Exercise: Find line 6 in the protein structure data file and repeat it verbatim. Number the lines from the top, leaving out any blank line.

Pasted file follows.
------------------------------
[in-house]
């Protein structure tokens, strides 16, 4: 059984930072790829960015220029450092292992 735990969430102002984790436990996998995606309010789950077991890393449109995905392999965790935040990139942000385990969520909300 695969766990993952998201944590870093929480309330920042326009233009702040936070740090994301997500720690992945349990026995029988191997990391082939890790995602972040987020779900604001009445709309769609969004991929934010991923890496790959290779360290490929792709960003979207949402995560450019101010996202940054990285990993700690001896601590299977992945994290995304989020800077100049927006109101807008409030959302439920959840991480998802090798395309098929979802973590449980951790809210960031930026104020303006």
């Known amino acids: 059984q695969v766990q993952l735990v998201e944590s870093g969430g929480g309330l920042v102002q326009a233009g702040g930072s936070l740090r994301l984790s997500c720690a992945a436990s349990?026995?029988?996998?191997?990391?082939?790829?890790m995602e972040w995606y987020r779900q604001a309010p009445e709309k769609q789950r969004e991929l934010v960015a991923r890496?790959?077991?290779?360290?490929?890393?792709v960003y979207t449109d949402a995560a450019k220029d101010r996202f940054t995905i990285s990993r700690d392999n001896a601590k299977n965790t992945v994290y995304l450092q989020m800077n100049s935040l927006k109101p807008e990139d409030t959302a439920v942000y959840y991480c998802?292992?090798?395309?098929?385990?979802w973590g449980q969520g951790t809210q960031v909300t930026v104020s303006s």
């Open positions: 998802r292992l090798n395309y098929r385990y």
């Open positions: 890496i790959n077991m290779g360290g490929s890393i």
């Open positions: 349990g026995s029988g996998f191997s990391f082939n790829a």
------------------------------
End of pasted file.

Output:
């Open positions: 349990g026995s029988g996998f191997s990391f082939n790829a």